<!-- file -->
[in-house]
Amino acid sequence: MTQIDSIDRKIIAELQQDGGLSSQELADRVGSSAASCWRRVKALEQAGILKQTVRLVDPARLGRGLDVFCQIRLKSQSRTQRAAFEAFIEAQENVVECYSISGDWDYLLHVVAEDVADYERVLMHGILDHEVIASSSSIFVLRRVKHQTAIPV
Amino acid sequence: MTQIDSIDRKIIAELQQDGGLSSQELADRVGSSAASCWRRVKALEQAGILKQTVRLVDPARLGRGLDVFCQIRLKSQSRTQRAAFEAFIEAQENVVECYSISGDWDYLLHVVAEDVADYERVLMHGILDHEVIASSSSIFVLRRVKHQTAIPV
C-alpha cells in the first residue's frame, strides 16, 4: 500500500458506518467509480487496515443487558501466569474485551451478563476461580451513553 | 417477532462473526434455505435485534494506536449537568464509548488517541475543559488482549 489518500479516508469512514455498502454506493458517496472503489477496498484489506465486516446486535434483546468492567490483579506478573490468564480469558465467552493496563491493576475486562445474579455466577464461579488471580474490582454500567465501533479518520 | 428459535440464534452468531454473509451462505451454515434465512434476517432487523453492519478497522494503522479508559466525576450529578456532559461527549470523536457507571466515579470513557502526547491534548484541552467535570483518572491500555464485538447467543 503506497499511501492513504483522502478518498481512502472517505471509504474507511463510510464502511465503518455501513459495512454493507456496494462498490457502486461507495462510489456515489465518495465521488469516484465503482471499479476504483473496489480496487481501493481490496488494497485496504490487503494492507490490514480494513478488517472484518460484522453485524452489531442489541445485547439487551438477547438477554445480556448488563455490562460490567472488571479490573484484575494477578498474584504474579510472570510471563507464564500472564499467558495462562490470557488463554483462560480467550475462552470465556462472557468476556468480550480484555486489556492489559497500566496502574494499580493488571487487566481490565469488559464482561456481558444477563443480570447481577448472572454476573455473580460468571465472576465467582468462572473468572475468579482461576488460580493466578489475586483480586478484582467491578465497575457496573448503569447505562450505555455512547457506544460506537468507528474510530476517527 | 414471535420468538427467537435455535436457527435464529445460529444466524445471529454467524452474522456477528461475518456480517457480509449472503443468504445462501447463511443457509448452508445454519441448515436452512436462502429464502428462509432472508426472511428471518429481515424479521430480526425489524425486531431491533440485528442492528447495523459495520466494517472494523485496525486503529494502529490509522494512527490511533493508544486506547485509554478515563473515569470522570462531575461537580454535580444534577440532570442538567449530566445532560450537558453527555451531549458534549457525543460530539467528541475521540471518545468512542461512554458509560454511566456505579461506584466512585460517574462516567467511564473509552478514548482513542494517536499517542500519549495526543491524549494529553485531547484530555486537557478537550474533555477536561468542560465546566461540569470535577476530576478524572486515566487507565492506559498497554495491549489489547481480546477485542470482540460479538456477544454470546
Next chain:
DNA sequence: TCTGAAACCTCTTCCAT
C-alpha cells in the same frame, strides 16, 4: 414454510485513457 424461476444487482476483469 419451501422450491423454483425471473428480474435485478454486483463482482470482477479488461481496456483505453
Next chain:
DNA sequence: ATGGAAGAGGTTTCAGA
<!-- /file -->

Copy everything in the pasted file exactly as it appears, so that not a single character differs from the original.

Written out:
[in-house]
Amino acid sequence: MTQIDSIDRKIIAELQQDGGLSSQELADRVGSSAASCWRRVKALEQAGILKQTVRLVDPARLGRGLDVFCQIRLKSQSRTQRAAFEAFIEAQENVVECYSISGDWDYLLHVVAEDVADYERVLMHGILDHEVIASSSSIFVLRRVKHQTAIPV
Amino acid sequence: MTQIDSIDRKIIAELQQDGGLSSQELADRVGSSAASCWRRVKALEQAGILKQTVRLVDPARLGRGLDVFCQIRLKSQSRTQRAAFEAFIEAQENVVECYSISGDWDYLLHVVAEDVADYERVLMHGILDHEVIASSSSIFVLRRVKHQTAIPV
C-alpha cells in the first residue's frame, strides 16, 4: 500500500458506518467509480487496515443487558501466569474485551451478563476461580451513553 | 417477532462473526434455505435485534494506536449537568464509548488517541475543559488482549 489518500479516508469512514455498502454506493458517496472503489477496498484489506465486516446486535434483546468492567490483579506478573490468564480469558465467552493496563491493576475486562445474579455466577464461579488471580474490582454500567465501533479518520 | 428459535440464534452468531454473509451462505451454515434465512434476517432487523453492519478497522494503522479508559466525576450529578456532559461527549470523536457507571466515579470513557502526547491534548484541552467535570483518572491500555464485538447467543 503506497499511501492513504483522502478518498481512502472517505471509504474507511463510510464502511465503518455501513459495512454493507456496494462498490457502486461507495462510489456515489465518495465521488469516484465503482471499479476504483473496489480496487481501493481490496488494497485496504490487503494492507490490514480494513478488517472484518460484522453485524452489531442489541445485547439487551438477547438477554445480556448488563455490562460490567472488571479490573484484575494477578498474584504474579510472570510471563507464564500472564499467558495462562490470557488463554483462560480467550475462552470465556462472557468476556468480550480484555486489556492489559497500566496502574494499580493488571487487566481490565469488559464482561456481558444477563443480570447481577448472572454476573455473580460468571465472576465467582468462572473468572475468579482461576488460580493466578489475586483480586478484582467491578465497575457496573448503569447505562450505555455512547457506544460506537468507528474510530476517527 | 414471535420468538427467537435455535436457527435464529445460529444466524445471529454467524452474522456477528461475518456480517457480509449472503443468504445462501447463511443457509448452508445454519441448515436452512436462502429464502428462509432472508426472511428471518429481515424479521430480526425489524425486531431491533440485528442492528447495523459495520466494517472494523485496525486503529494502529490509522494512527490511533493508544486506547485509554478515563473515569470522570462531575461537580454535580444534577440532570442538567449530566445532560450537558453527555451531549458534549457525543460530539467528541475521540471518545468512542461512554458509560454511566456505579461506584466512585460517574462516567467511564473509552478514548482513542494517536499517542500519549495526543491524549494529553485531547484530555486537557478537550474533555477536561468542560465546566461540569470535577476530576478524572486515566487507565492506559498497554495491549489489547481480546477485542470482540460479538456477544454470546
Next chain:
DNA sequence: TCTGAAACCTCTTCCAT
C-alpha cells in the same frame, strides 16, 4: 414454510485513457 424461476444487482476483469 419451501422450491423454483425471473428480474435485478454486483463482482470482477479488461481496456483505453
Next chain:
DNA sequence: ATGGAAGAGGTTTCAGA